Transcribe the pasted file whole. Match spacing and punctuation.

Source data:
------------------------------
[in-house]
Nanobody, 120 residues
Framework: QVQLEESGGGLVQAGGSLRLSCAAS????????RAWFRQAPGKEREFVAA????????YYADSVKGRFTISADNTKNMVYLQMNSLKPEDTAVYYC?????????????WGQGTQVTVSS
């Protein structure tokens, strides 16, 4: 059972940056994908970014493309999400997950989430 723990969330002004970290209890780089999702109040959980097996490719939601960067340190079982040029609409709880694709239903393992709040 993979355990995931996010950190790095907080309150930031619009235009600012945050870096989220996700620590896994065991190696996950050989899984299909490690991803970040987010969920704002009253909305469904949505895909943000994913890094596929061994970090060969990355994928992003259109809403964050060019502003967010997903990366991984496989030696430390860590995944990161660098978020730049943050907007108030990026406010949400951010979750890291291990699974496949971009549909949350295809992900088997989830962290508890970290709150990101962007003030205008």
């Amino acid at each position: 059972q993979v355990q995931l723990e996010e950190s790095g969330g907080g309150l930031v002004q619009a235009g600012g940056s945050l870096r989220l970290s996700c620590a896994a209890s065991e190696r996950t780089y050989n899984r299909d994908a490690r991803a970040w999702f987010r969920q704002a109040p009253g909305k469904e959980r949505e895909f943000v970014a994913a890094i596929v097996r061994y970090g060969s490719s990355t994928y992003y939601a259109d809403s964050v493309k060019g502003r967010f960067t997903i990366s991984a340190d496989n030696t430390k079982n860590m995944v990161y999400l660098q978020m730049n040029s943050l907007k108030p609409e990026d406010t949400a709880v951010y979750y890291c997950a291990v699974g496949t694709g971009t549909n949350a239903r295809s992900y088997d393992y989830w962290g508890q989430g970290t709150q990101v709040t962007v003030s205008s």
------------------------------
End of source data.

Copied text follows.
[in-house]
Nanobody, 120 residues
Framework: QVQLEESGGGLVQAGGSLRLSCAAS????????RAWFRQAPGKEREFVAA????????YYADSVKGRFTISADNTKNMVYLQMNSLKPEDTAVYYC?????????????WGQGTQVTVSS
């Protein structure tokens, strides 16, 4: 059972940056994908970014493309999400997950989430 723990969330002004970290209890780089999702109040959980097996490719939601960067340190079982040029609409709880694709239903393992709040 993979355990995931996010950190790095907080309150930031619009235009600012945050870096989220996700620590896994065991190696996950050989899984299909490690991803970040987010969920704002009253909305469904949505895909943000994913890094596929061994970090060969990355994928992003259109809403964050060019502003967010997903990366991984496989030696430390860590995944990161660098978020730049943050907007108030990026406010949400951010979750890291291990699974496949971009549909949350295809992900088997989830962290508890970290709150990101962007003030205008």
């Amino acid at each position: 059972q993979v355990q995931l723990e996010e950190s790095g969330g907080g309150l930031v002004q619009a235009g600012g940056s945050l870096r989220l970290s996700c620590a896994a209890s065991e190696r996950t780089y050989n899984r299909d994908a490690r991803a970040w999702f987010r969920q704002a109040p009253g909305k469904e959980r949505e895909f943000v970014a994913a890094i596929v097996r061994y970090g060969s490719s990355t994928y992003y939601a259109d809403s964050v493309k060019g502003r967010f960067t997903i990366s991984a340190d496989n030696t430390k079982n860590m995944v990161y999400l660098q978020m730049n040029s943050l907007k108030p609409e990026d406010t949400a709880v951010y979750y890291c997950a291990v699974g496949t694709g971009t549909n949350a239903r295809s992900y088997d393992y989830w962290g508890q989430g970290t709150q990101v709040t962007v003030s205008s």